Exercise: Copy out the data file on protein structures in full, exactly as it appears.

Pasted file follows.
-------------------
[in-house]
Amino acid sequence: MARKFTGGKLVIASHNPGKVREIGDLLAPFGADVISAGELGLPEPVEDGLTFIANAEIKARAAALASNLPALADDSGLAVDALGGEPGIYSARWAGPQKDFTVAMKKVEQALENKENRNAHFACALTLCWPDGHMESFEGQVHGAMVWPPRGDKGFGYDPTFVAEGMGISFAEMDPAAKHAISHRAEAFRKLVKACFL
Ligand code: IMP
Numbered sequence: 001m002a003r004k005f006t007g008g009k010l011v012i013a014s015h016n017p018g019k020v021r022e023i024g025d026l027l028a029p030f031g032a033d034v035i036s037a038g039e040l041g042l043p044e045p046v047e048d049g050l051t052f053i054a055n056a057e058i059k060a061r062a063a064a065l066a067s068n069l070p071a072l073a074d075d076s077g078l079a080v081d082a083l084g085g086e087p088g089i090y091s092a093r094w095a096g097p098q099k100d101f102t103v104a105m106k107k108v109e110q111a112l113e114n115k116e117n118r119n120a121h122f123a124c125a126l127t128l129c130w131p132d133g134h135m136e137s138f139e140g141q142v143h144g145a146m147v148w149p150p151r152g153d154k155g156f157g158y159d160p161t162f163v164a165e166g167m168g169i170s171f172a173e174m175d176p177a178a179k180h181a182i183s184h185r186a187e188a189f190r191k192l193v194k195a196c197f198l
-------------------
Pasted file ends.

[in-house]
Amino acid sequence: MARKFTGGKLVIASHNPGKVREIGDLLAPFGADVISAGELGLPEPVEDGLTFIANAEIKARAAALASNLPALADDSGLAVDALGGEPGIYSARWAGPQKDFTVAMKKVEQALENKENRNAHFACALTLCWPDGHMESFEGQVHGAMVWPPRGDKGFGYDPTFVAEGMGISFAEMDPAAKHAISHRAEAFRKLVKACFL
Ligand code: IMP
Numbered sequence: 001m002a003r004k005f006t007g008g009k010l011v012i013a014s015h016n017p018g019k020v021r022e023i024g025d026l027l028a029p030f031g032a033d034v035i036s037a038g039e040l041g042l043p044e045p046v047e048d049g050l051t052f053i054a055n056a057e058i059k060a061r062a063a064a065l066a067s068n069l070p071a072l073a074d075d076s077g078l079a080v081d082a083l084g085g086e087p088g089i090y091s092a093r094w095a096g097p098q099k100d101f102t103v104a105m106k107k108v109e110q111a112l113e114n115k116e117n118r119n120a121h122f123a124c125a126l127t128l129c130w131p132d133g134h135m136e137s138f139e140g141q142v143h144g145a146m147v148w149p150p151r152g153d154k155g156f157g158y159d160p161t162f163v164a165e166g167m168g169i170s171f172a173e174m175d176p177a178a179k180h181a182i183s184h185r186a187e188a189f190r191k192l193v194k195a196c197f198l